Talking toxic gases with Chris Cooper
Toxic gases actually play an important role in the everyday functioning of our bodies. An Essex professor hopes to exactly what role they – and oxygen – play
Our cells make small quantities of nitric oxide, hydrogen sulphide and carbon monoxide all the time, and the body makes use of these chemicals to control blood flow and blood pressure, and help the immune system fight against disease. How the body manages to make use of the molecules without falling foul of their toxicity is a puzzling question – one a professor from the University of Essex hopes to answer.
Professor Chris Cooper from the Department of Biological Sciences has received a £208,395 grant from the Leverhulme Trust to investigate the role of the toxic gases in detail, paying attention to their role with each other and with oxygen.
Your work involves looking nitric oxide, hydrogen sulphide and carbon monoxide – aren’t these gases toxic?
Most chemicals are toxic in high enough doses. However, these three are especially bad as they are highly potent, colourless and in the case of carbon monoxide (CO) and nitric oxide (NO) odourless. At least with hydrogen sulphide (H2S) the smell of rotten eggs is a bit of a give away and there is some chance of escape!
We have known about these effects for over 100 years. Despite this tragedies still happen. Recent examples include the children in a Corfu hotel killed by carbon monoxide from a faulty heating system and the hydrogen sulphide released from the dumping of industrial waste in the Ivory Coast (the infamous 2006 Trafigura incident). Due to their availability in most households CO and H2S inhalation are common means of committing suicide; more sinisterly CO was the first gas used by the Nazis for mass executions before it was replaced by cyanide.
The gases all share a common means of toxicity. They interfere with the oxygen we need to provide useful energy in the cell. They do this by binding tightly to the blood protein haemoglobin that transports oxygen and the cellular protein cytochrome oxidase that consumes it.
These gases play a role in the human body – what do they do?
The best-studied of the three gasses is nitric oxide. It controls blood pressure and blood flow. An increase in NO signals an increase in blood flow and a drop in pressure, a decrease in NO decreases flow and increases pressure. Blood volume is also affected; for example Viagra works by enhancing the NO signalling pathway and increasing blood volume. NO gas has other roles in the body, for example being involved in memory in the brain. Even its toxicity can be useful: white blood cells synthesise NO to kill invading bacteria.
H2S has been suggested to play a similar role to NO in controlling blood flow, although via a different molecular mechanism. CO reactions are more diverse and seem to work via modulating other signalling pathways.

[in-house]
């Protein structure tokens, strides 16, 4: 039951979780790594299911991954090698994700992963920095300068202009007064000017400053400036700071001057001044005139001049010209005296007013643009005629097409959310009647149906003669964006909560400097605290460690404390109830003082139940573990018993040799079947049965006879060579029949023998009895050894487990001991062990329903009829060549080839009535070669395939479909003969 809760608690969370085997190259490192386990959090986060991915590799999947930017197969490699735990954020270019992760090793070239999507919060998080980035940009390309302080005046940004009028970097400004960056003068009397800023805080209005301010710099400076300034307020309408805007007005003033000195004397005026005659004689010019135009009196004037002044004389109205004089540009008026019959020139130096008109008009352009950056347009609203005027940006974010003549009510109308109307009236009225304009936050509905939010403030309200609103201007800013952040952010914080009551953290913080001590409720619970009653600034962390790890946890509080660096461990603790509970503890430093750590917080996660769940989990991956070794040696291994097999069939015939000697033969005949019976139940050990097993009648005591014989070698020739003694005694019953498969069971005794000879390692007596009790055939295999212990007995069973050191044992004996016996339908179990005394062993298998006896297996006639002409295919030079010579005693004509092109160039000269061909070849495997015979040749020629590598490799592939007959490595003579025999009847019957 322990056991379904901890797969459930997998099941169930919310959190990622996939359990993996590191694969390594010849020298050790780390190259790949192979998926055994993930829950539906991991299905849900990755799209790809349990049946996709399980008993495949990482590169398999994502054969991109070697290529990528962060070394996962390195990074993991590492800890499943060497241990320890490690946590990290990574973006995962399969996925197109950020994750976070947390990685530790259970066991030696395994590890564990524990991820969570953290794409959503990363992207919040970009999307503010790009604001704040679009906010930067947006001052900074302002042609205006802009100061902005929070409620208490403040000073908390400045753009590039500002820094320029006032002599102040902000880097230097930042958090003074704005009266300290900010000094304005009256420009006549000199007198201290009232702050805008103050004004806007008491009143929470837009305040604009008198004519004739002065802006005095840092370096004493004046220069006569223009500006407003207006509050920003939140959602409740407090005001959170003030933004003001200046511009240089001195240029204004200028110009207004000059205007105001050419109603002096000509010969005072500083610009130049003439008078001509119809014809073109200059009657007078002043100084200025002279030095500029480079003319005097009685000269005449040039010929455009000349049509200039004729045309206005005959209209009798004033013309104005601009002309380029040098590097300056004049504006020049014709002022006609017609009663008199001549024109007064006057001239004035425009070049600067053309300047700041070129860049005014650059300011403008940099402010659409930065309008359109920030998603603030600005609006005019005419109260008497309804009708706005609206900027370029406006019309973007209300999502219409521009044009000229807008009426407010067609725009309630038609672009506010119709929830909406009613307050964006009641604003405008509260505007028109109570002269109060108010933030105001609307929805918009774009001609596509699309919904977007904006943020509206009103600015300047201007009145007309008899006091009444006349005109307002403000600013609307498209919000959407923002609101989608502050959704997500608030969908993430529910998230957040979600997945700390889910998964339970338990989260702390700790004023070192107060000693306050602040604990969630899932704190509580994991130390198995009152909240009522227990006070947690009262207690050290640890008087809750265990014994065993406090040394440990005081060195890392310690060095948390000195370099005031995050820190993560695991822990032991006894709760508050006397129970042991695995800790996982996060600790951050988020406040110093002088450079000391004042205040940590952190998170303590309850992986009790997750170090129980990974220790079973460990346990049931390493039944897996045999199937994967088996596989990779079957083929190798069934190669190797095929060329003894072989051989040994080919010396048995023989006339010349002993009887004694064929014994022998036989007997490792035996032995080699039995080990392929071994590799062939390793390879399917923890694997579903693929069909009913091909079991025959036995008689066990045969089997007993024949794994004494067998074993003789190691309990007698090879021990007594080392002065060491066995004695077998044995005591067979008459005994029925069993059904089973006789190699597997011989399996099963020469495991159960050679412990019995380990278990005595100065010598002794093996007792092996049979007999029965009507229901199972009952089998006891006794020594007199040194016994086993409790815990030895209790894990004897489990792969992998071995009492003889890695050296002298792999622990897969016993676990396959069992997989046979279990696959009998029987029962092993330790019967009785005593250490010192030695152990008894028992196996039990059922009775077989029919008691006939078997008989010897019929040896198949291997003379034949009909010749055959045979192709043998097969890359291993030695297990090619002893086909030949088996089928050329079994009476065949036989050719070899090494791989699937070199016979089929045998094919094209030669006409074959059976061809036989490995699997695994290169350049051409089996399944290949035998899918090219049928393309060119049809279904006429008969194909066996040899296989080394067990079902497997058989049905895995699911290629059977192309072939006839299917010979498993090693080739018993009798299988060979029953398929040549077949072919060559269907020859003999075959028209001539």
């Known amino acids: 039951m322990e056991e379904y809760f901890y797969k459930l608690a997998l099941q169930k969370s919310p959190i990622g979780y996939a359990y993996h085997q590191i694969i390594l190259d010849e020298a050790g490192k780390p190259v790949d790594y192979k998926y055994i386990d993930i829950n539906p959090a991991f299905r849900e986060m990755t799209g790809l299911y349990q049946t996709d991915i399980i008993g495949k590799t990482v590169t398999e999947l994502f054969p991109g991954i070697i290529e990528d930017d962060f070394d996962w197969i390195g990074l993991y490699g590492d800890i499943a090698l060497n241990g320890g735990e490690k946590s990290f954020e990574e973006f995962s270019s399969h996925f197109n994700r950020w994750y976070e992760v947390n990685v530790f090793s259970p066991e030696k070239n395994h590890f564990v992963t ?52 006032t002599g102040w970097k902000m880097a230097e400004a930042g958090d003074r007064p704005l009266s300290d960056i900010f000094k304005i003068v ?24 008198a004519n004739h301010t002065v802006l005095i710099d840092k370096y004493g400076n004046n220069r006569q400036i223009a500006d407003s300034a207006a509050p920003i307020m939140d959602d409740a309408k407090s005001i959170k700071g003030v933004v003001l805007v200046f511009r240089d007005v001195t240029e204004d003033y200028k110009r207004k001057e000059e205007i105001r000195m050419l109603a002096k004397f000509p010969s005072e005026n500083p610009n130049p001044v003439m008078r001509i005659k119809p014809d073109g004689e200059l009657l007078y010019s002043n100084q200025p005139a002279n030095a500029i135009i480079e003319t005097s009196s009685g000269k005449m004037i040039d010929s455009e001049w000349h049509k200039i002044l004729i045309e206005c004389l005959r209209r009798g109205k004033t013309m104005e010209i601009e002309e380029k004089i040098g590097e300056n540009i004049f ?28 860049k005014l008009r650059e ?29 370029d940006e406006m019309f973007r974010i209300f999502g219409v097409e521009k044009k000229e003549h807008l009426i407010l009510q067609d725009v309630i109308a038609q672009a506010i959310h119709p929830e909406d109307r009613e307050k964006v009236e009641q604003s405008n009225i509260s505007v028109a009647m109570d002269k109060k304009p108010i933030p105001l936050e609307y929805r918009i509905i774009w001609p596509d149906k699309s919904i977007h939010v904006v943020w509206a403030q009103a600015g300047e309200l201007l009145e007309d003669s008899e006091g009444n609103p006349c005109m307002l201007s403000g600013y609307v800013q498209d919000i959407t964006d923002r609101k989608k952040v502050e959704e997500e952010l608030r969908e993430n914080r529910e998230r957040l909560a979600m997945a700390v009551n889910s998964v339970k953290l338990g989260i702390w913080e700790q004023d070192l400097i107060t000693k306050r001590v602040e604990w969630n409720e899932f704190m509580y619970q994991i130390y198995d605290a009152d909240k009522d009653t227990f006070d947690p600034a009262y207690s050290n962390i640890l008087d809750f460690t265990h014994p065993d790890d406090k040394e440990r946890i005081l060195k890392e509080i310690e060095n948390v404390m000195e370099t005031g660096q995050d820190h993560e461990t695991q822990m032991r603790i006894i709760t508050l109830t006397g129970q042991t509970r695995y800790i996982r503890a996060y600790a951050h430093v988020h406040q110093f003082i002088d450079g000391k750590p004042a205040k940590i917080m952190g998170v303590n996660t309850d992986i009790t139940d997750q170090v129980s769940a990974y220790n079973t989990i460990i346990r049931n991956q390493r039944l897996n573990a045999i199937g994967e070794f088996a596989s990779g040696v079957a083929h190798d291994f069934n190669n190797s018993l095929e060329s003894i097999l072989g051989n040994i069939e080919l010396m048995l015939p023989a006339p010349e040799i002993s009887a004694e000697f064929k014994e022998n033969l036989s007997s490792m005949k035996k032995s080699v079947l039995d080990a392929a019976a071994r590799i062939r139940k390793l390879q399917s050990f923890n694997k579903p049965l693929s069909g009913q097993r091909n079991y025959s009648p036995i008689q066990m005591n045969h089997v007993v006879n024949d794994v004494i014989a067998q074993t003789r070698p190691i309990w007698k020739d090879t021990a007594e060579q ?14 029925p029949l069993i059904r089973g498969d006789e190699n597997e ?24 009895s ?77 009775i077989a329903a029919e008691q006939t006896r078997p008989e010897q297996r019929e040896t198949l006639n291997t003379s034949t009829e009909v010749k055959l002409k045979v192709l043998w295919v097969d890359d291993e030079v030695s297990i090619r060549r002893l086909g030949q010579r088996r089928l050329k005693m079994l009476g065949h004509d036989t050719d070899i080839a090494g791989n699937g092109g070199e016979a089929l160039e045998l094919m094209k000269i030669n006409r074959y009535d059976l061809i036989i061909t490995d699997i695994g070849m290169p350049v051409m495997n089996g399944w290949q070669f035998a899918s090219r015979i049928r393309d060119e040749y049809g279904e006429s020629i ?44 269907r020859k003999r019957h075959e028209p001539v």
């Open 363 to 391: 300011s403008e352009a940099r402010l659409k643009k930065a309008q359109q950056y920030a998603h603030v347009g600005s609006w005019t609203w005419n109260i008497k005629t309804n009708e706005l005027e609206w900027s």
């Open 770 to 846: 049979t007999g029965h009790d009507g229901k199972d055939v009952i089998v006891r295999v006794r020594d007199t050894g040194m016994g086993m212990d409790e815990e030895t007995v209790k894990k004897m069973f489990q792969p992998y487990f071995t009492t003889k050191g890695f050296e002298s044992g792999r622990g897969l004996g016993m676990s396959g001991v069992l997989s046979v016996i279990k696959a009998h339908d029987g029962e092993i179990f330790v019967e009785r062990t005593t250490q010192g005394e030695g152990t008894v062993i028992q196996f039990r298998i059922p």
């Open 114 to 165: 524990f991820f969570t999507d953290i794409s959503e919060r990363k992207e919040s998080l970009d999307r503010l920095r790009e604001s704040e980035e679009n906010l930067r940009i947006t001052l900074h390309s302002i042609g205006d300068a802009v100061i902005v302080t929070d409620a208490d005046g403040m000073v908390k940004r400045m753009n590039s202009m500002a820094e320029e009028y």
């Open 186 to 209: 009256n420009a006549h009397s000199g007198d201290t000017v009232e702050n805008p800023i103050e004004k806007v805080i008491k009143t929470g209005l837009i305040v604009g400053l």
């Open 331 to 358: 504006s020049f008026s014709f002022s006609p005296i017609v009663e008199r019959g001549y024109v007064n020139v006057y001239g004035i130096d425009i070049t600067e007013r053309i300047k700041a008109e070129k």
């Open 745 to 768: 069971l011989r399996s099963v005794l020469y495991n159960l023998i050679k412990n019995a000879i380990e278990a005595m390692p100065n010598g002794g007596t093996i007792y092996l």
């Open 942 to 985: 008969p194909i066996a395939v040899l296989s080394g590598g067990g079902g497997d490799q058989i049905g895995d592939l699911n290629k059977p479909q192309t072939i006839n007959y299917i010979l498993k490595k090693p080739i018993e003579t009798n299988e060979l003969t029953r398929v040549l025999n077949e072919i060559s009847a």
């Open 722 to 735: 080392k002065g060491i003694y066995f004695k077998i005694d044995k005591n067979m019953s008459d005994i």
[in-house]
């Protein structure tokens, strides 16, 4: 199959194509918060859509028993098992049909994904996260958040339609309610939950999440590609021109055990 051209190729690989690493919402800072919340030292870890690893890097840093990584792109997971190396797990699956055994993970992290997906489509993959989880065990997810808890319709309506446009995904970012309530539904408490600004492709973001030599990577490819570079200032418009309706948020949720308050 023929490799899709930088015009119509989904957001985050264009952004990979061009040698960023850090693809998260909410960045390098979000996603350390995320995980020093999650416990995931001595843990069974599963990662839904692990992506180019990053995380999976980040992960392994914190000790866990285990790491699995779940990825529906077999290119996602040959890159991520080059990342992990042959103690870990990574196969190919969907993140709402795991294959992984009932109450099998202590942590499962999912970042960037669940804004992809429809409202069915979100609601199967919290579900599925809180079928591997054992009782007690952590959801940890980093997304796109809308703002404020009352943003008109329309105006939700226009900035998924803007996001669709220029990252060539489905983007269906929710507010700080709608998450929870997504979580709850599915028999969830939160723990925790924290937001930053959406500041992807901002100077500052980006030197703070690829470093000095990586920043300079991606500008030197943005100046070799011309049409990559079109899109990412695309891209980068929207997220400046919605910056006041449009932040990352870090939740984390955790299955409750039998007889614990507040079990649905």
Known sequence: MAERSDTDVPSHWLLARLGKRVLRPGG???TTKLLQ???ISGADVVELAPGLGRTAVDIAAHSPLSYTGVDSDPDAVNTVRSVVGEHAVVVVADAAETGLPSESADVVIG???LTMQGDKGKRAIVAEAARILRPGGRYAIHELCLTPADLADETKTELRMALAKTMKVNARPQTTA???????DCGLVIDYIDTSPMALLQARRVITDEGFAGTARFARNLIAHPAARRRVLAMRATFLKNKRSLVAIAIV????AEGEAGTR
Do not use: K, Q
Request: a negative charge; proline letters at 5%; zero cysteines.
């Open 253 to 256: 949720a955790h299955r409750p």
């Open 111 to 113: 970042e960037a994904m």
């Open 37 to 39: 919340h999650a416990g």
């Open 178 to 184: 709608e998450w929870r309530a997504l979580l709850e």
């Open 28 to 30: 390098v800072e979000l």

What then of the toxicity? This is not all bad news; at lower doses the toxic chemistry that occurs at the oxygen consuming enzyme cytochrome oxidase has been proposed to play a signalling role. For nitric oxide enzyme inhibition can trigger free radical production and activate signalling pathways. For hydrogen sulphide it has been suggested that the inhibition of oxygen consumption could trigger a protective metabolic “hibernation” in mice and humans similar to that seen in true hibernating species. The smell of rotten eggs (or flatulence) may seem a strange thing to send you to sleep, but that it what some scientists suggest.
You’ve just been awarded a Leverhulme Trust grant – what will you be doing with it?
I have just appointed two talented researchers – one a biochemist and the other a physical chemist. Our aim is to combine biochemistry and mathematical modelling to explore how these gases inhibit oxygen consumption and – in particular – how they interact with each other. We want to know whether inhibiting oxygen consumption is part of how they work or is it a side-effect that the body always tries to limit. Ultimately we hope to create a mathematical model of brain blood flow and energy metabolism that will incorporate all these effects.
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What does your research involve and what do you hope to find?
We will be using purified enzymes and whole cells to understand how the gases interact with cytochrome oxidase. We are going to start with H2S. It has a rich chemistry and we really don’t know which reactions are important. We will use a combination of optical spectroscopy, electron paramagnetic resonance and gas detecting electrodes to evaluate mechanistic hypotheses. These will then be incorporated into a mathematical model.